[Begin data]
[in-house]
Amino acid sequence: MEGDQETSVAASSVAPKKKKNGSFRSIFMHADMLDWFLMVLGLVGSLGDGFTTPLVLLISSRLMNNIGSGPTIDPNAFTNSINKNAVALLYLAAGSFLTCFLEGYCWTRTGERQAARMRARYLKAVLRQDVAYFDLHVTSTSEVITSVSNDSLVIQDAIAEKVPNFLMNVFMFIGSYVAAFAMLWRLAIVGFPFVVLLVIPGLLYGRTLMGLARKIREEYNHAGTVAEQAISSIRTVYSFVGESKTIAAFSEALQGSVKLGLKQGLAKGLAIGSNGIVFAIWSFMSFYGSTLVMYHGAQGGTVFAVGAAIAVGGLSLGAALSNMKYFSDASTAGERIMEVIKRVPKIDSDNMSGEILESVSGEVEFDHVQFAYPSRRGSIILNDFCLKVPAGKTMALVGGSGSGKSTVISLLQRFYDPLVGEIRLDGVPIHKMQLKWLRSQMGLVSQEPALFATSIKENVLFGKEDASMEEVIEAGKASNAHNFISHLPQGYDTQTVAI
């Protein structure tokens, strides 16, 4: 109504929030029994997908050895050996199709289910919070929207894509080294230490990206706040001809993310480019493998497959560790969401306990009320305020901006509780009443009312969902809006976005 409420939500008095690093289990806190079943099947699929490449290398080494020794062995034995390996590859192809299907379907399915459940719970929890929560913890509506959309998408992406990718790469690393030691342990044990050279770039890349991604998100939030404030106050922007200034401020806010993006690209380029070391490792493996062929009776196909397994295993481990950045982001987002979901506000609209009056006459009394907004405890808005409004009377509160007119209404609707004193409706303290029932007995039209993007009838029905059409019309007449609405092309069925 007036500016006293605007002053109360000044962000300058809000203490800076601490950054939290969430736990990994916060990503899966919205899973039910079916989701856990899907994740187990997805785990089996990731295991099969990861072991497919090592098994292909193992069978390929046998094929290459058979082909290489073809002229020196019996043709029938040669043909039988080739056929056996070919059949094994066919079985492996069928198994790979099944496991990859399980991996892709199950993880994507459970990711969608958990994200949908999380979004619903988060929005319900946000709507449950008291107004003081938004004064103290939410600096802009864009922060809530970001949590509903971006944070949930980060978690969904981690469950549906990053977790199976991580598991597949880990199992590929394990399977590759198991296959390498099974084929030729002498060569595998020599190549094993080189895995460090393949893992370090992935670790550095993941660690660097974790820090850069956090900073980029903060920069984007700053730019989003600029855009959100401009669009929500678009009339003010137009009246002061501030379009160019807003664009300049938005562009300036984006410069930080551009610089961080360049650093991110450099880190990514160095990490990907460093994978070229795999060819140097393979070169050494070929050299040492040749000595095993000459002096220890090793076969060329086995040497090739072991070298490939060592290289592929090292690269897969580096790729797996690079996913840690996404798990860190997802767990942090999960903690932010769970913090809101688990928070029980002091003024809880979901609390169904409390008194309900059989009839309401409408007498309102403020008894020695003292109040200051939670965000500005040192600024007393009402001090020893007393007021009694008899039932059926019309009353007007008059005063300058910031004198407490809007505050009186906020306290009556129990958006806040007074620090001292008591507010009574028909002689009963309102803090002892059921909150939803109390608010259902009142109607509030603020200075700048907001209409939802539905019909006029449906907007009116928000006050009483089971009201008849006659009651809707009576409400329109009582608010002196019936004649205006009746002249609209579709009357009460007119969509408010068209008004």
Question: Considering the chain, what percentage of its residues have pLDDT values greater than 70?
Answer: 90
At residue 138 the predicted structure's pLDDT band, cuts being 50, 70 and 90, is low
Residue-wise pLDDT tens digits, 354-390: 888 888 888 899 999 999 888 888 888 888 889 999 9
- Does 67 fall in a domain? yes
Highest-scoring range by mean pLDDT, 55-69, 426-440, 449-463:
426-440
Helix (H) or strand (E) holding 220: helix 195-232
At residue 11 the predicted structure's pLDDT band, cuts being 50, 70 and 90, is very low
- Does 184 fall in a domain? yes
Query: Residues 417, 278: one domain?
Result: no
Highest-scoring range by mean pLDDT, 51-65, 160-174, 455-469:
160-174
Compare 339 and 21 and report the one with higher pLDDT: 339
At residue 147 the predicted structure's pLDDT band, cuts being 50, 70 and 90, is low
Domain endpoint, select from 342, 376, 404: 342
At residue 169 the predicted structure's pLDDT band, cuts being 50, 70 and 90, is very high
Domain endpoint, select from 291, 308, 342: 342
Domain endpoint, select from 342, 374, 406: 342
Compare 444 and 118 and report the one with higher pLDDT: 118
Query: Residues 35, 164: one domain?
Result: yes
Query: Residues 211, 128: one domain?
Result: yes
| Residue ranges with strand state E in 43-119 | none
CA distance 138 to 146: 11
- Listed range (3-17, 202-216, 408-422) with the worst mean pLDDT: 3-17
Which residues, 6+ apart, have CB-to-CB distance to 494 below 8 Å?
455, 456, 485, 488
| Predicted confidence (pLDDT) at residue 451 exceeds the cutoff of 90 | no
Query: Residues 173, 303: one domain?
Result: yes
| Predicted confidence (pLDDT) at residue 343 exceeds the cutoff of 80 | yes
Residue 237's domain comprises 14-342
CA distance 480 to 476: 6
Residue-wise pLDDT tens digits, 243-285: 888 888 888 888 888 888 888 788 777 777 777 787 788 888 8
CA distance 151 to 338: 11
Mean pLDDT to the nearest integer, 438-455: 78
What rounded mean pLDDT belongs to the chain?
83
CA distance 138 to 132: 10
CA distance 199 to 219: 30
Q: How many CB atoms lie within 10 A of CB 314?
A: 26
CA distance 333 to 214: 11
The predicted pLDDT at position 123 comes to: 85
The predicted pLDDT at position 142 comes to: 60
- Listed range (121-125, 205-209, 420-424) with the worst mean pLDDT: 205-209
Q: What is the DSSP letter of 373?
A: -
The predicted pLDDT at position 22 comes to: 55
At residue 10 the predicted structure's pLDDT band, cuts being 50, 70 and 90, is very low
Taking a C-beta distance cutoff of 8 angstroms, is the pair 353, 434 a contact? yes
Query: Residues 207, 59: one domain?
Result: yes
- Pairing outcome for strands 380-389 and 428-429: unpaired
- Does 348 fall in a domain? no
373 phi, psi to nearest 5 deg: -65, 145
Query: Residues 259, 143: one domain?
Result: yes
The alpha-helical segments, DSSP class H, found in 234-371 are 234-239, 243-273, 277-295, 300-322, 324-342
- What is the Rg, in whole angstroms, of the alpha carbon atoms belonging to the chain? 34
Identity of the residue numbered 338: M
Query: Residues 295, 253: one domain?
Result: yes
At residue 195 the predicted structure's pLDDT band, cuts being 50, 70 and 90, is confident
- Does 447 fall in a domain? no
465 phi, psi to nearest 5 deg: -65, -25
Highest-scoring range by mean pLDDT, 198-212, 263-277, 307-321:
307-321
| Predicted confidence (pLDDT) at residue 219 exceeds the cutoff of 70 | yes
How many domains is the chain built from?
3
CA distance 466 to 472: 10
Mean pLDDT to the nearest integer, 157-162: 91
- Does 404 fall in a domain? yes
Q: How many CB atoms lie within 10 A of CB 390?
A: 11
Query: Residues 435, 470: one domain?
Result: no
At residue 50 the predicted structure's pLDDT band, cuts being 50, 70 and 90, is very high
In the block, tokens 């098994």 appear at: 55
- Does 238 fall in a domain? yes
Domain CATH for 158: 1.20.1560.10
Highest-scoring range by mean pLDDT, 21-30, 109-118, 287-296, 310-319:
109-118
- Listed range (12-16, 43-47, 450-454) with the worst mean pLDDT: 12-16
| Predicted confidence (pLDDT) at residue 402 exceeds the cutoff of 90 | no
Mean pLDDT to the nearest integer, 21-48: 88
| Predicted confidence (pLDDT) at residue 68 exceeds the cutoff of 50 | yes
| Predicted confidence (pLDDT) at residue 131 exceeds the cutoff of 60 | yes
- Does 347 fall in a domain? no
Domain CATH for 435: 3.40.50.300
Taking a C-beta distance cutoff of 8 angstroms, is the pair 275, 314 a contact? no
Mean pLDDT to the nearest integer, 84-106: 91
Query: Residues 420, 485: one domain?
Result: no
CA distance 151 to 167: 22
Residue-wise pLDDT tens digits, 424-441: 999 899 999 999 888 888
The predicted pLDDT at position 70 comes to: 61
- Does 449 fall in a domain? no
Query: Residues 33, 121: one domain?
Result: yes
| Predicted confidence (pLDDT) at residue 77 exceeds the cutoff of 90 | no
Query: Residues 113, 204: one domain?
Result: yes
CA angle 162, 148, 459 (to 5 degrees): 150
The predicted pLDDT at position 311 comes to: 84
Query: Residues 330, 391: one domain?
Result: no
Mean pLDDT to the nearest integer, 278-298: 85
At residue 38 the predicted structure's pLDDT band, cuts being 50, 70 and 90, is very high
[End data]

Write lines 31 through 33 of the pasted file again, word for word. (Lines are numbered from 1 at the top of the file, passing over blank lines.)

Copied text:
- Listed range (3-17, 202-216, 408-422) with the worst mean pLDDT: 3-17
Which residues, 6+ apart, have CB-to-CB distance to 494 below 8 Å?
455, 456, 485, 488